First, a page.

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          • #6
            DIsclaimer: complete IMHO, and I work entirely ITB--anything I state here that is misinformed, please expand my understanding by correcting

            I concur with Negative Spectrum's input (EDIT: and Seismic's post which I just read after finishing this one), and would add or echo with a few supporting statements:

            Mastering ( speaking only as one who has never done it for anyone other than myself) is just some final, usually subtle eq/compression (dynamics usually, but even the occasional very light reverb) applied to the entire mix to make everything a unified whole or to best adapt it to a particular medium of delivery.

            Sometimes mastering not absolutely necessary depending on the mix and it's method of delivery--and it's easy to over do the mastering and squash the life out of a mix. Some of my early attempts at mastering feel like they were played in an over-pressurized cabin. No room to breathe. And a mastered crappy mix is still a crappy mix.

            In an album project, it can help to make each track sound more cohesive and related to the other tracks of the album. I like to use tape/console emulations in my work and usually apply them at the mastering phase so the album has a unifying sonic feel and noise floor level. One of the things I like about Studio One is the Project option, where you can coordinate and organize an album, making it much easier to master as a whole.

            If you are going to release something professionally for broadcast, I'd suggest using someone like Negative Spectrum, who has a good grasp of the process, until you master the mastering a bit yourself. Like most parts of this recording adventure; the more you do it, the better you'll get at it.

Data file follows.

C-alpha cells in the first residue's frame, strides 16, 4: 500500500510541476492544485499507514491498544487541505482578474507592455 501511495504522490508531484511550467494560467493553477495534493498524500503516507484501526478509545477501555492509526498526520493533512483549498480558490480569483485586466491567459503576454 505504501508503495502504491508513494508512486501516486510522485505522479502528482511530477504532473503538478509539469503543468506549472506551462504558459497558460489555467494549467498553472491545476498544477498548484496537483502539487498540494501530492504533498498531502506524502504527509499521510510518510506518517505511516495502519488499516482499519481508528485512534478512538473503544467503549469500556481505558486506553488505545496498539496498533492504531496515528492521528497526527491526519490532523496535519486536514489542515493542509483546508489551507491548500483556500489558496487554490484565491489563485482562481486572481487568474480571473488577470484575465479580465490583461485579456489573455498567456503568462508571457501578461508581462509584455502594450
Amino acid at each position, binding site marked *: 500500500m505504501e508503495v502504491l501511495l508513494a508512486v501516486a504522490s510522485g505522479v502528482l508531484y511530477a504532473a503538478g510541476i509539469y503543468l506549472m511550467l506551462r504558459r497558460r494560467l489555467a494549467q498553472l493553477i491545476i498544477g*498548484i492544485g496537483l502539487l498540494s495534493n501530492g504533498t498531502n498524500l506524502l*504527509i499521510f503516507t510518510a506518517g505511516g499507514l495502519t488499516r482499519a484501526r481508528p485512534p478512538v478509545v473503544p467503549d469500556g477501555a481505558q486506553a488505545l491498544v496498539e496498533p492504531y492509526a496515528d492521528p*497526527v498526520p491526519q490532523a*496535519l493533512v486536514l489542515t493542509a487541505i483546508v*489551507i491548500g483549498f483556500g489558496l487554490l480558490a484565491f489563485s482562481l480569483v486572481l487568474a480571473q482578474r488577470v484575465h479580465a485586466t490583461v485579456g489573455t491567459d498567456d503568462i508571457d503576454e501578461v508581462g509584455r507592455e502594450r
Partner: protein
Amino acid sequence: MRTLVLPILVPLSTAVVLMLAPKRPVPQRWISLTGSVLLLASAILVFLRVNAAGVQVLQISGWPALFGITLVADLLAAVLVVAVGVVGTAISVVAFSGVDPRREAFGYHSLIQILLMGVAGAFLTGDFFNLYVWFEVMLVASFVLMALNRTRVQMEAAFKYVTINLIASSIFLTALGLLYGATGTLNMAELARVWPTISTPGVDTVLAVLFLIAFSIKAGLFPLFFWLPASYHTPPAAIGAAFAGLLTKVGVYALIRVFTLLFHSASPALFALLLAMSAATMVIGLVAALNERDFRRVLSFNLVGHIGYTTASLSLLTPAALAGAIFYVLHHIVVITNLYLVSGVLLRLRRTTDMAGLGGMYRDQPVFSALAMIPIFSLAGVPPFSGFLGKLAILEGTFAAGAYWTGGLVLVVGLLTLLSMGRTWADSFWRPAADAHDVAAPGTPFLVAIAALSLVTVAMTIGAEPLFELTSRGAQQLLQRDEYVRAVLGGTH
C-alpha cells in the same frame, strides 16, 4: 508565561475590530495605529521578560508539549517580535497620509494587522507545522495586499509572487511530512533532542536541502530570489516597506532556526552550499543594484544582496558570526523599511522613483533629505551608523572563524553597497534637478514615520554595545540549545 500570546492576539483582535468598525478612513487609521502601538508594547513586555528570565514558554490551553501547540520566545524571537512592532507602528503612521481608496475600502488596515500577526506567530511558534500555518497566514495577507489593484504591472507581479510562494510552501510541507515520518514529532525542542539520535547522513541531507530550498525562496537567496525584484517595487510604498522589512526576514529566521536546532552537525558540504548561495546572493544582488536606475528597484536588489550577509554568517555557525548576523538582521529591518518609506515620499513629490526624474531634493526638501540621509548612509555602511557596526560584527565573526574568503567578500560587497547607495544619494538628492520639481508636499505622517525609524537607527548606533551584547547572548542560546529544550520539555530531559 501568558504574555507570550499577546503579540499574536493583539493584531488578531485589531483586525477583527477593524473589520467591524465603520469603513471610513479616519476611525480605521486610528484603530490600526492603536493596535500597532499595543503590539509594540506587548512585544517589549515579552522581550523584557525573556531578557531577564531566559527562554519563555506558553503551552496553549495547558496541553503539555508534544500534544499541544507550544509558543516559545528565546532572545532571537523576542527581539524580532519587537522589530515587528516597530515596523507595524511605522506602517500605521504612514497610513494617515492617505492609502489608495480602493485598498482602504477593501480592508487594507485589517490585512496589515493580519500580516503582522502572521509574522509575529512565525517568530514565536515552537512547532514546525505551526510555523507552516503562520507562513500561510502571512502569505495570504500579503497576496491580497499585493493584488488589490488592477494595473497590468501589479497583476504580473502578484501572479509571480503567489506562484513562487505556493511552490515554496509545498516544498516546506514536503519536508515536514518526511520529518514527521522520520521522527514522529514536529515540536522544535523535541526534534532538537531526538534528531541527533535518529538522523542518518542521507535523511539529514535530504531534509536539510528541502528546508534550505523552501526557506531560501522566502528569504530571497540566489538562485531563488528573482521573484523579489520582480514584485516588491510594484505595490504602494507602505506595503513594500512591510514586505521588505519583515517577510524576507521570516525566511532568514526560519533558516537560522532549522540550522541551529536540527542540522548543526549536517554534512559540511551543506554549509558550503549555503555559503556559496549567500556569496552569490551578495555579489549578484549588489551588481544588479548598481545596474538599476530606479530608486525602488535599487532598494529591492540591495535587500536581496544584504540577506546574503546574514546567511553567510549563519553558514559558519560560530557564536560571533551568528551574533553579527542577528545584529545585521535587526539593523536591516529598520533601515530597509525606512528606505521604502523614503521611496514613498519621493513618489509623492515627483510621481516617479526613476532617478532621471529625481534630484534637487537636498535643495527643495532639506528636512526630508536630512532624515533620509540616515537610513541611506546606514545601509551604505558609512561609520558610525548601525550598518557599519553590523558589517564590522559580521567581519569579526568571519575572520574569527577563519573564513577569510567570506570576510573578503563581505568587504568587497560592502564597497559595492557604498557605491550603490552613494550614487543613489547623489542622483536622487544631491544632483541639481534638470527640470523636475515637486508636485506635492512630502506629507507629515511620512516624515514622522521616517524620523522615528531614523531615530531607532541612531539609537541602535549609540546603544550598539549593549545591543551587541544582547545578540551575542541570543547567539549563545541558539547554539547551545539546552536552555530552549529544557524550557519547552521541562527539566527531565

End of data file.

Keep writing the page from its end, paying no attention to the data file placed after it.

Ozone is a great tool for mastering. There are also a number of really good compressors and eq's you can learn to use, but Ozone is a nice one-stop shop of mastering tools. Other tools I have used and thought did a great job were Slate VBC and IKM's Buss Compressor/White 2A/Black 76. I recently picked up the 432 EQ from IKM in the group buy, but have not had a chance to really use/evaluate it yet.
            Last edited by aoVI; 12-14-2014, 12:08 PM.

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            • #7
              I completely agree with the above 2 posts, there have been times when I've been sent a mix that was so good that nothing I could do mastering wise would have improved on it.

              If a mix is good enough to start with then very often I will just overall EQ it, a gentle compression, maybe a touch of limiting and reverb but it depends. I don't charge people if it's not necessary.
              https://soundcloud.com/negativespectrum

              My record label
              http://xenomorphrecords.bandcamp.com/

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              • #8
                what about www.landr.com ?
                ahornberg.bandcamp.com
                soundcloud.com/ahornberg

                Comment


                • #9
                  Very IMHO:
                  1) Mastering give you final version of your music release. All tracks sounds the same (EQ/Level), with right fades and left/right, stereo/mono balance. Also like other proccess on music files mastering can do your tracks better, differrent or worse. Also if you choose vinyl or cassette release, you need to think about special EQing.